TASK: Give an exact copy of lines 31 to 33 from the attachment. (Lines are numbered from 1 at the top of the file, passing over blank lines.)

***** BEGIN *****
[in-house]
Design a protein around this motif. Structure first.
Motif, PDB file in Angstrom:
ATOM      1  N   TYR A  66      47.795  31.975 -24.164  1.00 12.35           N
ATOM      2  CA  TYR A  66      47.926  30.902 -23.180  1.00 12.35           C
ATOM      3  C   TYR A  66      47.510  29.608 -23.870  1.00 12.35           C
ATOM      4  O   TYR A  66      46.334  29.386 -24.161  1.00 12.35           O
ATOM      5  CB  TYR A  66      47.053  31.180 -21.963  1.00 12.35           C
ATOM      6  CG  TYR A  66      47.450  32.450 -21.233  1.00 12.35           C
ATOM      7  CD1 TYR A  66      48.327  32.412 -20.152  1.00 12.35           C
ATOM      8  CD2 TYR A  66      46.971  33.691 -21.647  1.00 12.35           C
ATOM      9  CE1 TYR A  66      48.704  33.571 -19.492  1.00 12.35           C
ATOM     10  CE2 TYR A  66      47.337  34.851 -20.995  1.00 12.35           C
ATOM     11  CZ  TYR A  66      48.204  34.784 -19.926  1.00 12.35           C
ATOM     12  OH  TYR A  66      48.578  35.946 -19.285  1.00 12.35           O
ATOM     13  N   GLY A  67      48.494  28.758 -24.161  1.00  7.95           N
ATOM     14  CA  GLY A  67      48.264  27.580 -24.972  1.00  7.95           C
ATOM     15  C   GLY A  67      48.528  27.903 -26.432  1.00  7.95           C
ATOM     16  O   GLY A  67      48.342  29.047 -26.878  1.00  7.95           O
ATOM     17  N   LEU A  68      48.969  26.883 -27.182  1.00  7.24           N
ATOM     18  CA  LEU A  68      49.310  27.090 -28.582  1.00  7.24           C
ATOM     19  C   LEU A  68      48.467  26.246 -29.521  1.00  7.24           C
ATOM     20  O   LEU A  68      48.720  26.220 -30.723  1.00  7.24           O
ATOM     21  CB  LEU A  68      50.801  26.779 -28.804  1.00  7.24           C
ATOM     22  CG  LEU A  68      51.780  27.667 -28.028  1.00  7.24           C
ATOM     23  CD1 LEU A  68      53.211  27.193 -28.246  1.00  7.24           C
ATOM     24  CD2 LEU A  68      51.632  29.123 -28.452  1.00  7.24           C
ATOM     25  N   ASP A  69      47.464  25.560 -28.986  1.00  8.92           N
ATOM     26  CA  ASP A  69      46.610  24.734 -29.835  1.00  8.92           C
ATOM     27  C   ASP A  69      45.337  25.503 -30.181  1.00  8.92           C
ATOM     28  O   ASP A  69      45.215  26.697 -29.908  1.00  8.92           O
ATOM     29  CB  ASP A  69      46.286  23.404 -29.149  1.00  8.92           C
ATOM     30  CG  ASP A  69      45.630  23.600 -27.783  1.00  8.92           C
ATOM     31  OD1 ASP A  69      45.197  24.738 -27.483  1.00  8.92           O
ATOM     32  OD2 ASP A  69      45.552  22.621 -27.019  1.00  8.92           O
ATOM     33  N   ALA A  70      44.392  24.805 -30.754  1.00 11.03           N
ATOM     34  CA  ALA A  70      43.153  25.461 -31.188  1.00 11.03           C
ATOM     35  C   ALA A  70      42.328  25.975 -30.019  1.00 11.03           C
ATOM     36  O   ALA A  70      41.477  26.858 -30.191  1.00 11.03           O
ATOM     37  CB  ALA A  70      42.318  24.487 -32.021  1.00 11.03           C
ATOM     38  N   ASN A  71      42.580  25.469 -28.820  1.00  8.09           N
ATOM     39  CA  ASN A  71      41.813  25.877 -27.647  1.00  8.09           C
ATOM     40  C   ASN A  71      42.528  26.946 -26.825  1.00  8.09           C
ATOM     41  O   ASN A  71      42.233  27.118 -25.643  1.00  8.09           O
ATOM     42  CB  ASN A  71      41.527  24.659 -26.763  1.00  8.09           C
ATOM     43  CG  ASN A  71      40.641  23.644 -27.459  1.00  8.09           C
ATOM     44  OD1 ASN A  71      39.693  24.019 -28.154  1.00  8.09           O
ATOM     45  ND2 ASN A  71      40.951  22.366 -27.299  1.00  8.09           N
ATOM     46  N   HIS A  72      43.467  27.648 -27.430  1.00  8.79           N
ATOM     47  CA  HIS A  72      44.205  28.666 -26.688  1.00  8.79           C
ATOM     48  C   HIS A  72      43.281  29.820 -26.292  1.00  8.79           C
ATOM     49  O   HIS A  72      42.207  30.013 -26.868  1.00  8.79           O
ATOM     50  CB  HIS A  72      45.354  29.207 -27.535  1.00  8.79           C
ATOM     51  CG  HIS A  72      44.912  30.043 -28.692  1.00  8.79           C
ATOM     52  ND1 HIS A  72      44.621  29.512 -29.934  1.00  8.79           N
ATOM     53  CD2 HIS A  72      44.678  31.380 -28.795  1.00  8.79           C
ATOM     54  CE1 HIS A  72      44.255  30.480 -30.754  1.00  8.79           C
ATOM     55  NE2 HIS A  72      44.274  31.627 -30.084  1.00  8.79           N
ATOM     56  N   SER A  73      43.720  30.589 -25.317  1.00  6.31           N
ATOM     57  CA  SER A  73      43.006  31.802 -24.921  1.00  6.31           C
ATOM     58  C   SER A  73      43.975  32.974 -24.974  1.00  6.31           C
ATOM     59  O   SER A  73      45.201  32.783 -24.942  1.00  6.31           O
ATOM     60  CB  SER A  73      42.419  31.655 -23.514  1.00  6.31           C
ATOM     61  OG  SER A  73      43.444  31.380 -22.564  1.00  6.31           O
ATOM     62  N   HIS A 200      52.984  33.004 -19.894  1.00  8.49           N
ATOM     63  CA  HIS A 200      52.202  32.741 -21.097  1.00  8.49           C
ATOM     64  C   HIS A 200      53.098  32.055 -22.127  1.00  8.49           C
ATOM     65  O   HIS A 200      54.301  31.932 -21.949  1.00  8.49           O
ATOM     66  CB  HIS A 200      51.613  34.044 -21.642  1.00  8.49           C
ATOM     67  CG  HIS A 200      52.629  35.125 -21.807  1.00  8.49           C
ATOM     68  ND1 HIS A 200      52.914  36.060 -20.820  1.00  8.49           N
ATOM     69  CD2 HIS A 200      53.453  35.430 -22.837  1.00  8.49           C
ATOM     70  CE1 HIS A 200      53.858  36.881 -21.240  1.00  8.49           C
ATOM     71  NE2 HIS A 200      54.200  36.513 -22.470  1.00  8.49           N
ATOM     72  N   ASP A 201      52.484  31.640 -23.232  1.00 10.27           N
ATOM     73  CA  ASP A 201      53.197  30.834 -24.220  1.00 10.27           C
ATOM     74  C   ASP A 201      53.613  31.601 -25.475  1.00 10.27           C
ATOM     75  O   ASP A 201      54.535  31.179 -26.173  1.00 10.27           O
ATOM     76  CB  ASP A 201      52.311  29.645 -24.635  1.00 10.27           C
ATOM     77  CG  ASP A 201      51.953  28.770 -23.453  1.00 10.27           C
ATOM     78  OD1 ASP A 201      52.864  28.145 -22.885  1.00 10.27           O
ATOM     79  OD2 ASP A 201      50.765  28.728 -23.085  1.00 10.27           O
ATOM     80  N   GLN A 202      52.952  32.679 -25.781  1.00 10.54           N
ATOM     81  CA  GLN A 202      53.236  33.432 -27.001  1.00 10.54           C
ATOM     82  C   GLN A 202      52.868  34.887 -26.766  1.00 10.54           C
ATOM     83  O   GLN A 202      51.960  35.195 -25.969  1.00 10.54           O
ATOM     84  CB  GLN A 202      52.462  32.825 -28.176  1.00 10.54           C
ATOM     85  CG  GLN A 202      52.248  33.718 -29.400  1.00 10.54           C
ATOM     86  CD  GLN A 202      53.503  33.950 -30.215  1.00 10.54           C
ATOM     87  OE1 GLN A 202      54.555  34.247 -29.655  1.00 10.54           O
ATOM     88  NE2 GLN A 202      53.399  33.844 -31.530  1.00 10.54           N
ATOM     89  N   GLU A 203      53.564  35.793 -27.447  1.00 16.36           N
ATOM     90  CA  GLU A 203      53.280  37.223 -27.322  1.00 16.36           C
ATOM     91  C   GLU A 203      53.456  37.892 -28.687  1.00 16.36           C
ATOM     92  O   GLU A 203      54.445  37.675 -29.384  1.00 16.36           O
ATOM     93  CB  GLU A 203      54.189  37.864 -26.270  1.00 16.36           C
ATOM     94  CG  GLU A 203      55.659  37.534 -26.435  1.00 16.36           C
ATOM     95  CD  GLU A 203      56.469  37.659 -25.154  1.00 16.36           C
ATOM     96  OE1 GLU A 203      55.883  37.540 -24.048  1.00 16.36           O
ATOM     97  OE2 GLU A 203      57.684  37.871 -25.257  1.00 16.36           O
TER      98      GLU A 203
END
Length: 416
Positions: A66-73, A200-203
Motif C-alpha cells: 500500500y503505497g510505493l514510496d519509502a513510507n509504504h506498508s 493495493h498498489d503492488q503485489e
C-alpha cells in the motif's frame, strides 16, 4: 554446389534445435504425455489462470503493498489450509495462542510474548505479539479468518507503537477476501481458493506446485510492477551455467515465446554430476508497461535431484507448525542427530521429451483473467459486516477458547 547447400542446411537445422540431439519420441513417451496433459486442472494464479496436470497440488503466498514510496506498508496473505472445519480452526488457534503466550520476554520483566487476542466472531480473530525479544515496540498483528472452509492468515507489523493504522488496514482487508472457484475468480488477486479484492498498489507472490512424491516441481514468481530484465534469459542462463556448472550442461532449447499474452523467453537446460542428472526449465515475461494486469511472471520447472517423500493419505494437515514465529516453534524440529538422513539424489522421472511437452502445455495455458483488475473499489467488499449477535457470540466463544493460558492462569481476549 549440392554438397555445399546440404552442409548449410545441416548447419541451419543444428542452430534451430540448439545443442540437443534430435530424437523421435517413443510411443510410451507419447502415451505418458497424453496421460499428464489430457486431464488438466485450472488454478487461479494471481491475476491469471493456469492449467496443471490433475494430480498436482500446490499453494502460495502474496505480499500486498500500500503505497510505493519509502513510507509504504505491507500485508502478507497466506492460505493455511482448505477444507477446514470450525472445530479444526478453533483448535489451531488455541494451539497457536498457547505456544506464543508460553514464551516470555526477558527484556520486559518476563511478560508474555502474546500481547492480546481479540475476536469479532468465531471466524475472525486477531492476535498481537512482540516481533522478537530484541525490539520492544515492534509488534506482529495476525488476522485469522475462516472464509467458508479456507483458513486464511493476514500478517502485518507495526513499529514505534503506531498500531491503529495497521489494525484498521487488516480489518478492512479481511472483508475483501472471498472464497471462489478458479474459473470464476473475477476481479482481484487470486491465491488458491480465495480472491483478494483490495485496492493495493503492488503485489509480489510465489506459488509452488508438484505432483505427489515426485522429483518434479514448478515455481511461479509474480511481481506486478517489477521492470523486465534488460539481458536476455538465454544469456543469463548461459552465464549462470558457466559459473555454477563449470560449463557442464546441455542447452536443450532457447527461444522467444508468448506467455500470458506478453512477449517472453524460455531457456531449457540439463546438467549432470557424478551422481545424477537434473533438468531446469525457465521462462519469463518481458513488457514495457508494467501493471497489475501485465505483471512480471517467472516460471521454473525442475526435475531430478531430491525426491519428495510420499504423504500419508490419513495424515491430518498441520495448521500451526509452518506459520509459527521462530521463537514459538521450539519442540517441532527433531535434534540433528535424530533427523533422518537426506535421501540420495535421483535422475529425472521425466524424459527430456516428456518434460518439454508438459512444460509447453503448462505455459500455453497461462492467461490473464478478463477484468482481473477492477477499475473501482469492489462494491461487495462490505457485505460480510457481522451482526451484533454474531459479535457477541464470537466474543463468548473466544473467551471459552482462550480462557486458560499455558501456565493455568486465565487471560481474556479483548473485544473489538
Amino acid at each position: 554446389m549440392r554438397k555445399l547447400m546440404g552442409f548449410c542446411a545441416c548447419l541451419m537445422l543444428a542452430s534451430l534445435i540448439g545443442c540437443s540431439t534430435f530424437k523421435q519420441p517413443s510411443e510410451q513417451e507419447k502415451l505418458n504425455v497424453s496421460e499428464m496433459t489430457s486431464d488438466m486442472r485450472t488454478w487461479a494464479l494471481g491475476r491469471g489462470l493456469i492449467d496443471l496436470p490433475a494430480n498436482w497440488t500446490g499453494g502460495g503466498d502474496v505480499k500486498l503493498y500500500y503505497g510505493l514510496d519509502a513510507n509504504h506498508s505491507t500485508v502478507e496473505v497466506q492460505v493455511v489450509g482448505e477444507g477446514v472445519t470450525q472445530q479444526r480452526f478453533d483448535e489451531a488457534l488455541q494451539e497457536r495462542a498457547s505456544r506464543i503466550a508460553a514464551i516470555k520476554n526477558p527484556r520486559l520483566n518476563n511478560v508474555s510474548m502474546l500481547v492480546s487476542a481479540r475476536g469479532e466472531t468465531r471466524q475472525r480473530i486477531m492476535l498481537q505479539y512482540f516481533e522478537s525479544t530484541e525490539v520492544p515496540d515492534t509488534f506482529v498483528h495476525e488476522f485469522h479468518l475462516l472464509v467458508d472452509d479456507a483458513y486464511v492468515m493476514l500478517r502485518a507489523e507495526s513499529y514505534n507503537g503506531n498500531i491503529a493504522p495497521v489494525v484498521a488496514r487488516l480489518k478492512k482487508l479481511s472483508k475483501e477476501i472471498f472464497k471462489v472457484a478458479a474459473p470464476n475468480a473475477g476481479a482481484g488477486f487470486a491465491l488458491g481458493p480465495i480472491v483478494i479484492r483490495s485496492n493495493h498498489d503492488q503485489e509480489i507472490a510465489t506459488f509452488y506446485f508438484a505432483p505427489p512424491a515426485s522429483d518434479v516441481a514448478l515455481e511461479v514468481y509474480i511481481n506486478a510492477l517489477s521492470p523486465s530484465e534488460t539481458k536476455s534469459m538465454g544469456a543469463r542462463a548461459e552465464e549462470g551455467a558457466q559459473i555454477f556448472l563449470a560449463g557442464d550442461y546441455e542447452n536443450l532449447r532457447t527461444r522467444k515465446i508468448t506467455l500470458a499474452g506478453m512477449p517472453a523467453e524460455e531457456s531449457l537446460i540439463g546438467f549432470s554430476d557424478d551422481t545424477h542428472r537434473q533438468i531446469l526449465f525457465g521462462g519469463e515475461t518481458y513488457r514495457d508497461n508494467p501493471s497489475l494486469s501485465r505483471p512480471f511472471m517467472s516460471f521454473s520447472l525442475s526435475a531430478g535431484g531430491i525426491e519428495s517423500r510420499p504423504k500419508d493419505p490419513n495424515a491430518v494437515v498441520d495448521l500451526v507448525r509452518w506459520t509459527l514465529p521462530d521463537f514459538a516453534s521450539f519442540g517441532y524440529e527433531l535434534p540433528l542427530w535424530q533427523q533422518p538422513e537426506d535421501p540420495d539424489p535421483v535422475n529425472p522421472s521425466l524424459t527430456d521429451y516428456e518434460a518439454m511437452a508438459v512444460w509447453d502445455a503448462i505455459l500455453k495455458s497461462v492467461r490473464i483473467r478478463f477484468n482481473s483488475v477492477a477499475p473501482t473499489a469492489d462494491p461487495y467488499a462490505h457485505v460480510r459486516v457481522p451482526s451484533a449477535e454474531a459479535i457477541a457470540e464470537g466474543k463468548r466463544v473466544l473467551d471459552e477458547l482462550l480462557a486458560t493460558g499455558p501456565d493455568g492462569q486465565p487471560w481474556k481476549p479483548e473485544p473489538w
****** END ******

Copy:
ATOM     28  O   ASP A  69      45.215  26.697 -29.908  1.00  8.92           O
ATOM     29  CB  ASP A  69      46.286  23.404 -29.149  1.00  8.92           C
ATOM     30  CG  ASP A  69      45.630  23.600 -27.783  1.00  8.92           C